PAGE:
In 2017, after receiving numerous reports from friends and from our daughter Liv of sightings of large numbers of Monarchs migrating along the coast of Long Island and NYC, I made a whirlwind trip to Cape May and Stone Harbor Point to catch the Monarch migration –  See Chasing Monarchs Part One and Chasing Monarchs Part Two – and it was spectacular. The trees in the photos, the Japanese Black Pines, although not native, are a favorite Monarch roosting tree.

Will the fantastic numbers we have seen at locations such as Cape Ann, Point Pelee, and Cape May translate to great numbers at the Monarch’s wintering home? Perhaps yes, if there are nectar plants that will provide sustenance along the way on their journey southward. Only time will tell.

More fun Monarch updates, a local one – I wrote briefly in September about the unusual, but not unheard of behavior, of Monarchs mating during the fall migration. Several days after filming a pair mating at Eastern Point, we had a female in our garden depositing eggs. After she departed, I brought indoors what I could find. Twenty eggs in total. I didn’t want to share too much about the eggs because it gets very dicey towards the end of the season and the survival rate often isn’t great. Of the twenty eggs, eighteen are doing beautifully! We have eight chrysalides, two J-shapes, and eight caterpillars getting ready to turn into a Js (pupate). If this mild weather continues, I have high hopes they will at least make it as far as Florida.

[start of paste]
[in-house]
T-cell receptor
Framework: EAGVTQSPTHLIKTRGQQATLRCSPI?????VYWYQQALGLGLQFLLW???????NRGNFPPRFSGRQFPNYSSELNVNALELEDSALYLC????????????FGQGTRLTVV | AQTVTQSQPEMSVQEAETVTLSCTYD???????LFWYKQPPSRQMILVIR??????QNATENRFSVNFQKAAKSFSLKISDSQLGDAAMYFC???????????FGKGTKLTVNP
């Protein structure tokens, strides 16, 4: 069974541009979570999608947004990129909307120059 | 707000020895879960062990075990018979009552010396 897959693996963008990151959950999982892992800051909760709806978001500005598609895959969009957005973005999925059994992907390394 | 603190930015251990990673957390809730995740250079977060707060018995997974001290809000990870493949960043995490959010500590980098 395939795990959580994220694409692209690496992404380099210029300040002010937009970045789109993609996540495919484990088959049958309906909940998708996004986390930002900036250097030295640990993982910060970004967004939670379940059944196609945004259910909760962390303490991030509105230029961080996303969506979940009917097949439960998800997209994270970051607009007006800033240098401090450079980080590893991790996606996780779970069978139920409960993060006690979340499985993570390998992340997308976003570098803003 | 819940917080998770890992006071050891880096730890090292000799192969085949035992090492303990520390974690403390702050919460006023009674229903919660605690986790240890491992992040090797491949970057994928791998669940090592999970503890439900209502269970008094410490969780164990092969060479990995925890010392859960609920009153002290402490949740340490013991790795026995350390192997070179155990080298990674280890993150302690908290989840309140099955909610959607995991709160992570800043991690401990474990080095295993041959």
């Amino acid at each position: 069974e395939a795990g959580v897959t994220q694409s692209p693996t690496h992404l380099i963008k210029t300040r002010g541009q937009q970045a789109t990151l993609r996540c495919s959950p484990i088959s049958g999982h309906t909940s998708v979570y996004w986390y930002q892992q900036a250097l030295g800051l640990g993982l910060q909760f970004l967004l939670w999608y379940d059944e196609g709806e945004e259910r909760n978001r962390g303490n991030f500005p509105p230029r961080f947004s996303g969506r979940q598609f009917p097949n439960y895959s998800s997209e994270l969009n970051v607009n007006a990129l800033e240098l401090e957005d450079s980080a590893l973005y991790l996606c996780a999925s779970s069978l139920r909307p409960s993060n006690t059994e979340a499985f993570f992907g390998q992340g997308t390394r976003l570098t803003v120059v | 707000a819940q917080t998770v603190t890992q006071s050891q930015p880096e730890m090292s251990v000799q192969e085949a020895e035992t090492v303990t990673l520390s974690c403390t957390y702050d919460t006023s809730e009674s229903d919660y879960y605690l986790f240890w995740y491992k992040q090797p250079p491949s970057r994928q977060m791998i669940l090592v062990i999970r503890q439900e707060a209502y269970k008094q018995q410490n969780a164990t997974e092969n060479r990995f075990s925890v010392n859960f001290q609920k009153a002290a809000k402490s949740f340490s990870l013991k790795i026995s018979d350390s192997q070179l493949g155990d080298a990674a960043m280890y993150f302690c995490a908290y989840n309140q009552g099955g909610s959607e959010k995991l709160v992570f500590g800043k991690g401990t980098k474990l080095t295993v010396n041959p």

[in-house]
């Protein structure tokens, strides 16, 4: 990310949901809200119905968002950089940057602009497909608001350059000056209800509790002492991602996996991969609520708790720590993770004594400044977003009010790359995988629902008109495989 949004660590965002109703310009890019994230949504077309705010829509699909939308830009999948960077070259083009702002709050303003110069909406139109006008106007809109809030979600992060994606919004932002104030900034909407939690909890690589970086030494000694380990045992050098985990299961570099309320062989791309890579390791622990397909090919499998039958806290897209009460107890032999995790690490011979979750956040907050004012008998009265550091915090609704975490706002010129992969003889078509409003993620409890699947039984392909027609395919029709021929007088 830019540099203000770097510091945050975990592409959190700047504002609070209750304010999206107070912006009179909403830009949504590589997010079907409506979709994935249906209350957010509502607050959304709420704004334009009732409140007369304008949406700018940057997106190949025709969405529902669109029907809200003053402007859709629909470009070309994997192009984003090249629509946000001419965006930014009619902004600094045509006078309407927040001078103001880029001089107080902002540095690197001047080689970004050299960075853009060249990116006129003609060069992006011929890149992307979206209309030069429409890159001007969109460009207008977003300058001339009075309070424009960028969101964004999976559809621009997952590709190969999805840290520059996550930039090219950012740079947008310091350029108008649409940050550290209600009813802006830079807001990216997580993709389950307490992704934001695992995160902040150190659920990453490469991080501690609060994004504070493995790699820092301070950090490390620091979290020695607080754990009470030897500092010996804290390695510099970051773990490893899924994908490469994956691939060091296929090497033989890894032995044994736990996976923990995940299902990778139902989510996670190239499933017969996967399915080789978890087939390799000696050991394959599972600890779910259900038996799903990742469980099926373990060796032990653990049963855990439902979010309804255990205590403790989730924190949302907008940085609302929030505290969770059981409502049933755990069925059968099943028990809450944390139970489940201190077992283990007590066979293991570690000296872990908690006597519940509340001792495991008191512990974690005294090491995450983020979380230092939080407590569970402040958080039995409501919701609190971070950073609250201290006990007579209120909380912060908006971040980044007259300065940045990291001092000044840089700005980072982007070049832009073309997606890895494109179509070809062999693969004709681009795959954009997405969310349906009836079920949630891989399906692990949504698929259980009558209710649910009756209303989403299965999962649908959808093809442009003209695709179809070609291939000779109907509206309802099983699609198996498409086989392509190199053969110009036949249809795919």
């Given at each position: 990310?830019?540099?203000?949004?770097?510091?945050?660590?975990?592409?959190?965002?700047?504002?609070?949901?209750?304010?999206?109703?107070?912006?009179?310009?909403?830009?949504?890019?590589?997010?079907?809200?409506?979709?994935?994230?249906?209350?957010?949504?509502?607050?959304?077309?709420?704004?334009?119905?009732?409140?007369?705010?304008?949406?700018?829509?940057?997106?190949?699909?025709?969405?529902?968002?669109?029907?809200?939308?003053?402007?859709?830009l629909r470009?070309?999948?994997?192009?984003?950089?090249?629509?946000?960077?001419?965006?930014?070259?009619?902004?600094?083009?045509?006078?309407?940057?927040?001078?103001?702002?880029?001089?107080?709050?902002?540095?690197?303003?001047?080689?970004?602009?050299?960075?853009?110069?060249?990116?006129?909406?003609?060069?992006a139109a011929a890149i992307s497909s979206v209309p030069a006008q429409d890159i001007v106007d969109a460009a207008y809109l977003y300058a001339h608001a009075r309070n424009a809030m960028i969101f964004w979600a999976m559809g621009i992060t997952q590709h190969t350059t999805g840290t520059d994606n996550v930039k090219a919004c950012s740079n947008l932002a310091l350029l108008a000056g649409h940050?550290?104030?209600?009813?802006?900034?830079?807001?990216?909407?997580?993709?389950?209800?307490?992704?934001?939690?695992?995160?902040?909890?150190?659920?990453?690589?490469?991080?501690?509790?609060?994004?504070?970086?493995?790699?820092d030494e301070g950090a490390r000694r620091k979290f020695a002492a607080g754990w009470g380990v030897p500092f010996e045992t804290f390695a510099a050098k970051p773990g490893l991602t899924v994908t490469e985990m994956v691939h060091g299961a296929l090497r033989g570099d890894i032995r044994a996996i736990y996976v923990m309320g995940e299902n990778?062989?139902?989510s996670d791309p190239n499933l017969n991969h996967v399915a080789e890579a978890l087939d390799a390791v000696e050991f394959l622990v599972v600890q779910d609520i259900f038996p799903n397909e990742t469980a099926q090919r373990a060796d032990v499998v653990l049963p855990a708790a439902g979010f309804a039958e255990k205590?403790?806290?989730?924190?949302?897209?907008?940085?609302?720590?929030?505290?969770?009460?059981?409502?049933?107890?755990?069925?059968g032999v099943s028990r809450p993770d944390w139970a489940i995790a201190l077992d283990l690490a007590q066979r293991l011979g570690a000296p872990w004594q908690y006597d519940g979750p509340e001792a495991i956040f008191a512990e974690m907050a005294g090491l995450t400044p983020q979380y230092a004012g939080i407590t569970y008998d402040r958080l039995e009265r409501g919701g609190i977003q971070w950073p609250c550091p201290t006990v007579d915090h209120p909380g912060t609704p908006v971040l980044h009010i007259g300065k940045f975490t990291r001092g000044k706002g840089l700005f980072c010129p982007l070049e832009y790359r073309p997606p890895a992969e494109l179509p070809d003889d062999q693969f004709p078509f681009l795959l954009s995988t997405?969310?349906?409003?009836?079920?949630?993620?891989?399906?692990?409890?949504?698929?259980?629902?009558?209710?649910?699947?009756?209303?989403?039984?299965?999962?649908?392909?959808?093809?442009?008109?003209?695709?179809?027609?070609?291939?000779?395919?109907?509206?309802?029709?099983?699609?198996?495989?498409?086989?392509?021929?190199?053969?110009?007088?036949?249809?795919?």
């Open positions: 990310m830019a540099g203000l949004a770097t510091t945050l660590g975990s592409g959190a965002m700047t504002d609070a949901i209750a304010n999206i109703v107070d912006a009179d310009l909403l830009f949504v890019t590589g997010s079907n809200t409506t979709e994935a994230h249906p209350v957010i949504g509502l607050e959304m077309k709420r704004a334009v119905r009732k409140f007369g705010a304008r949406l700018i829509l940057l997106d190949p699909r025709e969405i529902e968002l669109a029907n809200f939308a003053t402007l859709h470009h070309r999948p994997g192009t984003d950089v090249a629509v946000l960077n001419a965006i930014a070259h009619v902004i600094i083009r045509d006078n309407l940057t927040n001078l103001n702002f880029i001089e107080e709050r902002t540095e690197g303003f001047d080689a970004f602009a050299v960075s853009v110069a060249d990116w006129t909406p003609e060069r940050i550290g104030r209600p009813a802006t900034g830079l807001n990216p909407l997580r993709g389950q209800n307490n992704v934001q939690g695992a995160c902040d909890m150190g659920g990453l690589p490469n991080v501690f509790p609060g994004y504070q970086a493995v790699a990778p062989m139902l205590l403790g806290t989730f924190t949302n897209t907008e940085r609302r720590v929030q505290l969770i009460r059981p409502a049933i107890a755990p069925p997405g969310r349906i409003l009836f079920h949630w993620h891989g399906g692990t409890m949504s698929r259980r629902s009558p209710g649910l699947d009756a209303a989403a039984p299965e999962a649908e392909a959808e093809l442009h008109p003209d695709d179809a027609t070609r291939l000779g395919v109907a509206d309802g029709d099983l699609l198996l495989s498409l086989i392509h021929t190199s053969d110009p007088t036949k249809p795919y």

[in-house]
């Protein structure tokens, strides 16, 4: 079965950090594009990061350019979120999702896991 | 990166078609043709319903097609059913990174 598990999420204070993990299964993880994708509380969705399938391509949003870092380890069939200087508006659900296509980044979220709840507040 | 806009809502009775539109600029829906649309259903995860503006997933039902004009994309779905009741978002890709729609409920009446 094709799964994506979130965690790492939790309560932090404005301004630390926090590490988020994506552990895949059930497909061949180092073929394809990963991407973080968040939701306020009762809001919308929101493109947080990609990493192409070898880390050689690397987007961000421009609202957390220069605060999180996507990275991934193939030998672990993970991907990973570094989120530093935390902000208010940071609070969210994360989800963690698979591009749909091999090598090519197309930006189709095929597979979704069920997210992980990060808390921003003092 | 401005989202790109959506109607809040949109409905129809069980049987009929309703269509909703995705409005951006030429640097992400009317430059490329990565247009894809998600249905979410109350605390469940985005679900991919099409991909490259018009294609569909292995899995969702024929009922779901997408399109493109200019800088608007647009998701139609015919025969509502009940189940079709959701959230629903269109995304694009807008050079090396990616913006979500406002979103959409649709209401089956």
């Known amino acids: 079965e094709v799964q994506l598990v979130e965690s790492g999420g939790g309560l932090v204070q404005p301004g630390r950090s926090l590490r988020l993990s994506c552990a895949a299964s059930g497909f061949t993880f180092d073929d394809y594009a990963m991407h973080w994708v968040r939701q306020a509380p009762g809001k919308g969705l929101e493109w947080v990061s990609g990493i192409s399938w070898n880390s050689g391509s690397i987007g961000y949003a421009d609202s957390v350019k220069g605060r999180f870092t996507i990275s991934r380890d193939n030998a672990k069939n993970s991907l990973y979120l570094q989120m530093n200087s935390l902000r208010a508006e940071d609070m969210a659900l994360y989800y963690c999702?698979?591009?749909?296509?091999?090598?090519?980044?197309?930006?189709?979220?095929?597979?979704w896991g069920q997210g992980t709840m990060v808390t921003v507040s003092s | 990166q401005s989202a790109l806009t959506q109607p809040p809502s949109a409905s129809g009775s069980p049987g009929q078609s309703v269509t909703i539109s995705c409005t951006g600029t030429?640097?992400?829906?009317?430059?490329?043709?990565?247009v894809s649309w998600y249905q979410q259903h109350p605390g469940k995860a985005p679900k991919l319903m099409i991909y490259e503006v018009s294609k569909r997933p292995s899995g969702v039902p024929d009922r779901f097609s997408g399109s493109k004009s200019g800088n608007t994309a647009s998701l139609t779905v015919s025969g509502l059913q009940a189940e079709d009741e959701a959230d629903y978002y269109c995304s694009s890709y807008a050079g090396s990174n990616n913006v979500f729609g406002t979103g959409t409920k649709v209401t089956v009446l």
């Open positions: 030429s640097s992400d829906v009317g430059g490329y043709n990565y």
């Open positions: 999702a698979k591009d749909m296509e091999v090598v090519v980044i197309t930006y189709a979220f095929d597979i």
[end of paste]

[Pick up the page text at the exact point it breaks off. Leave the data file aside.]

Patch of Common Milkweed Rockport field October 9, 2019

Thank you to all my Rockport and Gloucester friends who have allowed me to raid their gardens of milkweed this past week. One of the biggest hurdles to rearing Monarchs at this late date is finding milkweed that isn’t an orange mushy mess from aphids or has foliage that has yellowed and dried out. But between friends and local dunes and meadows we had enough to cover the appetites of 18 very hungry caterpillars!

October Monarch caterpillars

We are in the final phase of fundraising to bring our Monarch documentary Beauty on the Wing: Life Story of the Monarch Butterfly to American Public Television. If you have thought about giving a contribution and have not yet done so, please consider making a tax deductible donation or becoming an underwriter to bring Beauty on the Wing to PBS. To Learn More go here and to DONATE go hereThank you!